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  12. Linda, what a clever way to promote "My Heart Will Find Yours." I loved the book, but have to say the issue of TP didn't interest me as much as Marshal Royce Dyson! lol

    A great post. Reminds me of the outhouse (a two-seater) on my grandma and grandpa's farm. (shudder)

    Sandra

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  13. Very Interesting post. I remember my grandfather
    taking about using Newspapers. I cannot even imagine, but then again, different generations
    did what they had to do, before New inventions
    took place. Thank Goodness for Toilet Paper.LOL!
    My Best, Geri

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  14. Hey, this gal was reared with using the outhouse. Nothing new to me, and toilet paper was only for those folks rich enough to have indoor plumbing! Can't really say we used old Sears. We used the circulars that came in the mail, newspapers, tore pages from old magazines, etc. And it was especially no fun in winter!

    Thanks for researching the wonderful invention of toilet paper. Never knew that one time they actually had splinters! "Ouch" is right! LOL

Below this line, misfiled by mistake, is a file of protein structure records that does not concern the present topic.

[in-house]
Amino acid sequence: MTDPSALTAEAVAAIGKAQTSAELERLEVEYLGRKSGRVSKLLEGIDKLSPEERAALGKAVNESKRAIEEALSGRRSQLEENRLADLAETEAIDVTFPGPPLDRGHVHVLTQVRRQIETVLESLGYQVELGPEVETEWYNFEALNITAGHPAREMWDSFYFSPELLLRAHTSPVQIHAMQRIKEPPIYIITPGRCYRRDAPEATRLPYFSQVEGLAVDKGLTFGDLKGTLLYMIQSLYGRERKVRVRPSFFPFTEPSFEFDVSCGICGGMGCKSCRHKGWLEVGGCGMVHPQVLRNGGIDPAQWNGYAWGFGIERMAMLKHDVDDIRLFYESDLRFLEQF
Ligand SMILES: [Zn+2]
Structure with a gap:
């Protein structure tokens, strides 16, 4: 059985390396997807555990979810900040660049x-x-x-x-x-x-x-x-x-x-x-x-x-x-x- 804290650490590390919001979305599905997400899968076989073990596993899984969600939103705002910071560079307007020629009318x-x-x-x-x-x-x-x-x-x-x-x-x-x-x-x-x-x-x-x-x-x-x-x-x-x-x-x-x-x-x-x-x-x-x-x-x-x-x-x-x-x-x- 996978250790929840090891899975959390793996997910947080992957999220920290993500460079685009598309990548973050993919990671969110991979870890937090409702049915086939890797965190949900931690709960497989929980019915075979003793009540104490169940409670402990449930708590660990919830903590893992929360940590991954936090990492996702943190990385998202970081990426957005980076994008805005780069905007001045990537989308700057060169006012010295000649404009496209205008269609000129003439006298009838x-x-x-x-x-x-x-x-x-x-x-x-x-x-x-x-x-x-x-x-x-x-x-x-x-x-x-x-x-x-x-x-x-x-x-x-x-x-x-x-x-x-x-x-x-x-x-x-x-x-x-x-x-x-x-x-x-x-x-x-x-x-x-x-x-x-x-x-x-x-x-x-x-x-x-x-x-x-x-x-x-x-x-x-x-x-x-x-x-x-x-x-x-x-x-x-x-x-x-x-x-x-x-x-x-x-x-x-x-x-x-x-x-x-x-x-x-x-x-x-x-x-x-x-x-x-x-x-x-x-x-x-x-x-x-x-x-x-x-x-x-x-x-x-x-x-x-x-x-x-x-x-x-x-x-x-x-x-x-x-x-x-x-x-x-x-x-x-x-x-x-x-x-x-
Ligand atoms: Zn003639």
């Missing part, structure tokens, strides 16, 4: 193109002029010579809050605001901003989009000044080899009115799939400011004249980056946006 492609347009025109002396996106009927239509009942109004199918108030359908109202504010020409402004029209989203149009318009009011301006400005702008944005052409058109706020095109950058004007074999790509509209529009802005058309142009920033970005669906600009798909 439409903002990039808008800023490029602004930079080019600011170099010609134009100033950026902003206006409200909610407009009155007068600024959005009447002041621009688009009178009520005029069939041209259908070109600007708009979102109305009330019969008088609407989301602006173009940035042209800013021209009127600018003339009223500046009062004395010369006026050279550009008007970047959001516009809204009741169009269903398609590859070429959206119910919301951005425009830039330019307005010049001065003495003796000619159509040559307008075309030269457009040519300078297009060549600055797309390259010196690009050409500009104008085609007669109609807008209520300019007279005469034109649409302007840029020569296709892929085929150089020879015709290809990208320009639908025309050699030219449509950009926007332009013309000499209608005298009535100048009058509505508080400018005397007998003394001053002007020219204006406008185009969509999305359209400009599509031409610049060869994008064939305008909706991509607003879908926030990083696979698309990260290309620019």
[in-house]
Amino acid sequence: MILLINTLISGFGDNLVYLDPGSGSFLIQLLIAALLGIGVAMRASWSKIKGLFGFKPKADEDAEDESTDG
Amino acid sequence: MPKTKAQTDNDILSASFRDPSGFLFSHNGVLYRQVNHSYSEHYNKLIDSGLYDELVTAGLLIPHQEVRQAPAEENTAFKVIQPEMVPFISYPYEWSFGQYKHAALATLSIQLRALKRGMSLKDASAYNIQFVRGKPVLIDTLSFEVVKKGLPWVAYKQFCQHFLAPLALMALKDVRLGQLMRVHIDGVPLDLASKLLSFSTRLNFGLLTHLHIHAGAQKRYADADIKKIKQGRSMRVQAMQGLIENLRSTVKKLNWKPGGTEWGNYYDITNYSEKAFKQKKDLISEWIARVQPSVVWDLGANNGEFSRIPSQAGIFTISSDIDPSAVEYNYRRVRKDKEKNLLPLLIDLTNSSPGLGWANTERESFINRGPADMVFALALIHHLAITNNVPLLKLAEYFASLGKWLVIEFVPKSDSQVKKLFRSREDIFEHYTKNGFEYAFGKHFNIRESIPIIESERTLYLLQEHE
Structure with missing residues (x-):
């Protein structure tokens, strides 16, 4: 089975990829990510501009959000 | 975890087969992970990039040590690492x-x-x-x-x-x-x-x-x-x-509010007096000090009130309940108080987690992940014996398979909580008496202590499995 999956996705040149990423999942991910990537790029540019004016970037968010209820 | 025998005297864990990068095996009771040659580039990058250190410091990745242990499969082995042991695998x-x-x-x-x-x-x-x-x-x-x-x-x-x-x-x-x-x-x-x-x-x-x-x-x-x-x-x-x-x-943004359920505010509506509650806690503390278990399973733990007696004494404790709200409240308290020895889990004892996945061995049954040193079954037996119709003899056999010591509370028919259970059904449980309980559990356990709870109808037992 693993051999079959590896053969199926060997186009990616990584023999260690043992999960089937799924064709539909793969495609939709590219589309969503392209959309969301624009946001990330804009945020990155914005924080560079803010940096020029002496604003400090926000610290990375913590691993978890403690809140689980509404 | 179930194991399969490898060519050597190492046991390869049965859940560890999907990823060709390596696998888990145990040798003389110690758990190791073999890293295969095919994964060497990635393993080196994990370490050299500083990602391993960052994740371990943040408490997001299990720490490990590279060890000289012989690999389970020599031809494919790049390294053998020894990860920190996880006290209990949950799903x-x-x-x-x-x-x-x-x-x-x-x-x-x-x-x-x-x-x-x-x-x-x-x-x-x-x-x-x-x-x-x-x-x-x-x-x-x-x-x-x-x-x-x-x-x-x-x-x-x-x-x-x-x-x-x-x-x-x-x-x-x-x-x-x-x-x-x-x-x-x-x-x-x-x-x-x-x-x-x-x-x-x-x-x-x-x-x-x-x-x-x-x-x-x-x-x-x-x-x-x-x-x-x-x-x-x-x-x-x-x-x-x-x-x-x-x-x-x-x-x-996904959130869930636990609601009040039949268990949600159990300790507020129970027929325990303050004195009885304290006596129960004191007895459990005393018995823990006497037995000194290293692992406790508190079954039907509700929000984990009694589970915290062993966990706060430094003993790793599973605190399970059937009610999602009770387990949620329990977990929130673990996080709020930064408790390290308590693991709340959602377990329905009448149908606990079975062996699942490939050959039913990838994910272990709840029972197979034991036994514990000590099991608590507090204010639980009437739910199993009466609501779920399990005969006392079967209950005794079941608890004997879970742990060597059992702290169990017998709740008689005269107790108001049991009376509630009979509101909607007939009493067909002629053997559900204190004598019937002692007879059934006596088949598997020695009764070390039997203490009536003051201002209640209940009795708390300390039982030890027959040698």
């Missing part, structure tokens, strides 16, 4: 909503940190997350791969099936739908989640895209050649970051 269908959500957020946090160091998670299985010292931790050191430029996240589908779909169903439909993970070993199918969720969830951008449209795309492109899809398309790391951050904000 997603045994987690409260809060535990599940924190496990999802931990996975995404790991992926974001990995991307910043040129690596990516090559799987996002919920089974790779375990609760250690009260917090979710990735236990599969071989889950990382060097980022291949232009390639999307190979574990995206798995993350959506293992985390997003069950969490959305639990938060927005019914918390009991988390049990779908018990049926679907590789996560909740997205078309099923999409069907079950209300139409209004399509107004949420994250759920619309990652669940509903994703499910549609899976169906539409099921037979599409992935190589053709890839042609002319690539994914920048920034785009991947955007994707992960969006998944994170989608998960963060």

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  15. Interesting post, Linda. I grew up with an outhouse. We had to go to grandma's house for a real toilet. lol

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  16. Hi Sandra Kay,
    Thank you for the kind comments about Royce. He's one of my favorite heroes. Shudder is right. I can't imagine having to visit the outhouse on these cold days.

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  17. PuraAbarca,
    Thank you for stopping by and the New Year wishes.

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  18. Geri, thanks for stopping by. Yes, thank goodness for those new inventions we couldn't do without now.

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  19. Miss Mae and Sandy,
    You girls really did experience the past. Interesting Sandy that your grandparents had indoor plumbing as mine didn't. And yes, Miss Mae, in this weather, we'd be making a mad dash to and from.

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  20. Splitters? Oh, not fun! Loved that book, Linda! Thanks for sharing the info. Never really thought about it. Neat to find out how it all came about!